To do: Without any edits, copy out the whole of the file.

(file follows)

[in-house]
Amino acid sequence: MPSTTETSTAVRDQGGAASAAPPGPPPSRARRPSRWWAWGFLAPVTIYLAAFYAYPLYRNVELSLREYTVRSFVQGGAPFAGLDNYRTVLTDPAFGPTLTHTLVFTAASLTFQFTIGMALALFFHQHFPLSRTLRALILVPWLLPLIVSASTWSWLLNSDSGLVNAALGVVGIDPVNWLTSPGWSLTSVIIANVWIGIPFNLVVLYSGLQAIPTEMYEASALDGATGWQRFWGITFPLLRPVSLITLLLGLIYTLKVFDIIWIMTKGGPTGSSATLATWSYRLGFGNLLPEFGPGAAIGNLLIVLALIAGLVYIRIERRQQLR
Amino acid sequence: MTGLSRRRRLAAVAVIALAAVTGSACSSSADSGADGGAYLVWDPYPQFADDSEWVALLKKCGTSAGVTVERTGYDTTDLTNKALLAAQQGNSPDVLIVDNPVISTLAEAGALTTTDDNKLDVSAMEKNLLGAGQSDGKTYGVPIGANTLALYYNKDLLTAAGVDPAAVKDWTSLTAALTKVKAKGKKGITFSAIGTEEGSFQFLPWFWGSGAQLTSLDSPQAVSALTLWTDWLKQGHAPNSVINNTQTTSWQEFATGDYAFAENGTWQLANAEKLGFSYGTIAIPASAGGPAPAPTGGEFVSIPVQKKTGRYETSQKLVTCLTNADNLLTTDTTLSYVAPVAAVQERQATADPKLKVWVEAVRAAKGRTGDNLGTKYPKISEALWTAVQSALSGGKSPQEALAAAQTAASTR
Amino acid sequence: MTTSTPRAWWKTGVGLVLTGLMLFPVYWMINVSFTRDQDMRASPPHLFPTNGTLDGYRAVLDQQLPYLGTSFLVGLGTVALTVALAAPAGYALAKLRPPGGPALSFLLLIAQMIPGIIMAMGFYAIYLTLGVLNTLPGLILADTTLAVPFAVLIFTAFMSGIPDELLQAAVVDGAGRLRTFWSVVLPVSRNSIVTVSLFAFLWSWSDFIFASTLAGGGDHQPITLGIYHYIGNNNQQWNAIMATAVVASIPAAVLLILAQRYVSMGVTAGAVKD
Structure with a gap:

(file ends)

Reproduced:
[in-house]
Amino acid sequence: MPSTTETSTAVRDQGGAASAAPPGPPPSRARRPSRWWAWGFLAPVTIYLAAFYAYPLYRNVELSLREYTVRSFVQGGAPFAGLDNYRTVLTDPAFGPTLTHTLVFTAASLTFQFTIGMALALFFHQHFPLSRTLRALILVPWLLPLIVSASTWSWLLNSDSGLVNAALGVVGIDPVNWLTSPGWSLTSVIIANVWIGIPFNLVVLYSGLQAIPTEMYEASALDGATGWQRFWGITFPLLRPVSLITLLLGLIYTLKVFDIIWIMTKGGPTGSSATLATWSYRLGFGNLLPEFGPGAAIGNLLIVLALIAGLVYIRIERRQQLR
Amino acid sequence: MTGLSRRRRLAAVAVIALAAVTGSACSSSADSGADGGAYLVWDPYPQFADDSEWVALLKKCGTSAGVTVERTGYDTTDLTNKALLAAQQGNSPDVLIVDNPVISTLAEAGALTTTDDNKLDVSAMEKNLLGAGQSDGKTYGVPIGANTLALYYNKDLLTAAGVDPAAVKDWTSLTAALTKVKAKGKKGITFSAIGTEEGSFQFLPWFWGSGAQLTSLDSPQAVSALTLWTDWLKQGHAPNSVINNTQTTSWQEFATGDYAFAENGTWQLANAEKLGFSYGTIAIPASAGGPAPAPTGGEFVSIPVQKKTGRYETSQKLVTCLTNADNLLTTDTTLSYVAPVAAVQERQATADPKLKVWVEAVRAAKGRTGDNLGTKYPKISEALWTAVQSALSGGKSPQEALAAAQTAASTR
Amino acid sequence: MTTSTPRAWWKTGVGLVLTGLMLFPVYWMINVSFTRDQDMRASPPHLFPTNGTLDGYRAVLDQQLPYLGTSFLVGLGTVALTVALAAPAGYALAKLRPPGGPALSFLLLIAQMIPGIIMAMGFYAIYLTLGVLNTLPGLILADTTLAVPFAVLIFTAFMSGIPDELLQAAVVDGAGRLRTFWSVVLPVSRNSIVTVSLFAFLWSWSDFIFASTLAGGGDHQPITLGIYHYIGNNNQQWNAIMATAVVASIPAAVLLILAQRYVSMGVTAGAVKD
Structure with a gap: